Skip to main content

Panasonic builds on the past

Panasonic Broadcast & Television Systems will head to NAB with a number of products it hopes will answer the call for economical products that are flexible enough to meet demands for different formats and also fit within a broadcaster's existing infrastructure.

According to Vice President of Marketing Stuart English, it's the latter demand that makes or breaks a product's promise of affordability. "You can have an economical product only if it respects the infrastructure that exists," he says. "It won't be economical if it forces a brand-new infrastructure on you."

One product designed to fit that demand is a DVCPRO HD long-play VTR. The AJ-HD1600 VTR records on a 9-micron track width (DVCPRO formats typically record at 18 microns) to give the user 124 minutes of DVCPRO recording at 50 Mb/s on a newly developed DVCPRO extra-large cassette. English says the long recording time makes the VTR suitable for syndicated HD demands. There may be some concern from the engineering community concerning the 9-micron width, but he says it should pose no problems when coupled with the VTR's error-correction technology.

"The standard mode on DV is 10 microns, so we aren't so far away from what everyone knows as doable," he says.

The VTR also may find use by broadcasters looking for HD slow-motion playback: It provides slow-motion playback of -1.0 to +2.0 in HD long-play mode. Other features include a small built-in video monitor and a format converter that can handle aspect-ratio conversion.

Panasonic's new AK-HC931 camera is designed to replace an existing studio camera with a standard-definition product that can be upgraded for HDTV demands.

"It uses HD optics and an HD imager based on three 1/2-inch 1280x720 1 million-pixel progressive-scan IT chips," says English. "It's a very compact camera that is designed for the shoulder, but it has a build-up kit for studio application."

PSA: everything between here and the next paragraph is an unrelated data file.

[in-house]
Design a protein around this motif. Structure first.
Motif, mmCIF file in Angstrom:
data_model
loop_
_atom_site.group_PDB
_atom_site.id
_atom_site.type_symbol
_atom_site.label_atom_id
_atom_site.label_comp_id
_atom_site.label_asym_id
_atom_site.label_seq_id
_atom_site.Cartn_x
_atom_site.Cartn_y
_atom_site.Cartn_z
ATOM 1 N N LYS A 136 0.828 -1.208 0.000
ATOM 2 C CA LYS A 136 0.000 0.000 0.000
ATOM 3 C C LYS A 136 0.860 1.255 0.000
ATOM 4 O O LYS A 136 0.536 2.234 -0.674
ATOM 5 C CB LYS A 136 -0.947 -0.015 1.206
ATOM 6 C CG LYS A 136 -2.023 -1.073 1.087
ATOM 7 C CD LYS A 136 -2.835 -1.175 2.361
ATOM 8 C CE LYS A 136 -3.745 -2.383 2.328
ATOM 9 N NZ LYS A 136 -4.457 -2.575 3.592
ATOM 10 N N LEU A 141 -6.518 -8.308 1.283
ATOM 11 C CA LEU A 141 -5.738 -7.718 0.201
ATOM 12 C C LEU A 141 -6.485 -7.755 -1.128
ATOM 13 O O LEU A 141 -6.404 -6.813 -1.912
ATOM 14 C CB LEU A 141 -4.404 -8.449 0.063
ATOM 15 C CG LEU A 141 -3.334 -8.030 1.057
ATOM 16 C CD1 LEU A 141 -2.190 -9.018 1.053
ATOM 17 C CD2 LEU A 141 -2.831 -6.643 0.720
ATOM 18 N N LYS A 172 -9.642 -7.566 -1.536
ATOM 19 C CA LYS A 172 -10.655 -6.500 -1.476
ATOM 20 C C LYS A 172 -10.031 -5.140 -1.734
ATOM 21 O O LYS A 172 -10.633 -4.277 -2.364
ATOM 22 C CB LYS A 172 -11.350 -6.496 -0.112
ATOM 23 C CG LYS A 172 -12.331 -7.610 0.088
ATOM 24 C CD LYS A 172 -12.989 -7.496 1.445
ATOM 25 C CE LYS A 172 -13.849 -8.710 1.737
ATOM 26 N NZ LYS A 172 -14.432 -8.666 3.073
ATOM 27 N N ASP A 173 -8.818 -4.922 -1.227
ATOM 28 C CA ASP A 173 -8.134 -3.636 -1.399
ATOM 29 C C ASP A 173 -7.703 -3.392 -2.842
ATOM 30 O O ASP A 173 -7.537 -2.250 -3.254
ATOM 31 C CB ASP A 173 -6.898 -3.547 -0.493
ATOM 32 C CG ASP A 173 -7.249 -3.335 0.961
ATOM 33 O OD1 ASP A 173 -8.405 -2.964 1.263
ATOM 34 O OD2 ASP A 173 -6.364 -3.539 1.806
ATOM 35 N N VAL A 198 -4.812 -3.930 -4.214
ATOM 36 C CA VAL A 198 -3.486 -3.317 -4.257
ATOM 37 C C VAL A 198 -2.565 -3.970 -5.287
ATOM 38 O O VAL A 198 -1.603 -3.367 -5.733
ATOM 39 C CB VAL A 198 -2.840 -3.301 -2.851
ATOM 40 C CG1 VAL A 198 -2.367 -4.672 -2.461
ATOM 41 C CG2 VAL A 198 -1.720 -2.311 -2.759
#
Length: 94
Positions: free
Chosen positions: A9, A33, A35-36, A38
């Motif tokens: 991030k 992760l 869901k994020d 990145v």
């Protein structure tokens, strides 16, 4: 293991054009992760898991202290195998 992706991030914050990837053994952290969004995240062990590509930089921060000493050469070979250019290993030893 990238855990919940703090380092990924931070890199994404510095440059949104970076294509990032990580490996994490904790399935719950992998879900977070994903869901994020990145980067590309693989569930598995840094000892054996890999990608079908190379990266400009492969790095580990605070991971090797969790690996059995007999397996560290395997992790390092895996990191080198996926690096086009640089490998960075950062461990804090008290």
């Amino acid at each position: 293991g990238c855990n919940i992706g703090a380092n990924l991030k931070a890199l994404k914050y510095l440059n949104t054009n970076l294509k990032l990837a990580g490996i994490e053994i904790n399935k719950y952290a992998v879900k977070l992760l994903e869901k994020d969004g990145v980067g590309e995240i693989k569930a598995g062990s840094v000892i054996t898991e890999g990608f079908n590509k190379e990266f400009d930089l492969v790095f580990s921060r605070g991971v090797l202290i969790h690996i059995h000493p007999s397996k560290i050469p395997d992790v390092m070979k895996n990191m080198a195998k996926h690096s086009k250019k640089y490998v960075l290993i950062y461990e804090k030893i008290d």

According to English, the HD imager (which acquires 720p images) allows for very high-quality 480i imaging; changing the output section upgrades it to HD. List price for the camera is under $50,000, and it will be available in September. Pricing on the HD upgrade will be available at a later date.

If 1080i output is desired, English says, the camera cross-converts from progressive to interlace.

There's little doubt that working not only in different formats but also in different frame rates is another challenge for broadcasters. English says using the AJ-FRC27 variable-frame-rate converter with the AJ-HDC27 Varicam HD cinema camera could help meet conversion needs in working with 1080p/24 production suites.

"This system is designed to integrate 1080p/24 with variable-frame-rate field capture," English explains. "The camera can acquire images at four to 60 frames per second in one-frame increments throughout the entire range but lays down a constant 60-frame-per-second pattern on tape, comprising both new- information frames and repeat-information, or pad, frames."

English says the frame-rate converter, which has a VTR-type control panel and is a half-rack wide and 5 rack-units high, is designed for users that have 1080p-based editing stations. It extracts just the new-information frames from the 60-f/s sequence and plays those frames back at 24 f/s and 1080p resolution, realizing the frame-rate conversion entirely in the video domain, a process equivalent to off-speed film capture followed by telecine.

Panasonic is also working with leading non-linear–editing companies. Among them are Quantel and Boxx Technologies, both of which have integrated a similar frame-rate-conversion algorithm into HD-resolution editing systems.

Another new feature from Panasonic is the CineGamma option for HD cameras, addressing the issue of the difference in dynamic range of film and video. Because film has a greater dynamic range and doesn't blow out the whites in images, it is much more suitable for outside production than HD video is. English says that, with the CineGamma option (which costs $5,000), the digital-signal-processing section of the camera enables HD progressive-scan video to more closely emulate the gamma response of film. "The option can be retrofitted to existing cameras in the field and involves new hardware and software for the camera."

Panasonic also will introduce two HD/ SD-capable LCD monitors: the 18-inch BT-LH1800 and the 15-inch BT-LH1500.

"Light weight and compact size are attributes of LCD," English explains, "but the big issue has been that, if you try to use an LCD screen, you pay a lot of attention to getting a broadcast feel in terms of the things you expect to see on a CRT."

English says the LCD monitors offer those CRT features. Both have a contrast ratio of 300:1, 170-degree viewing angle and 30-ms response speed and, depending on optional input board, can display 1080/24 f/s, 1080i, 720p, 576i, 480p and 480i. The 18-inch version (list price $7,000) has a resolution of 1280x1024 SGA; the 15-inch ($6,000), resolution of 1024x768 XGA.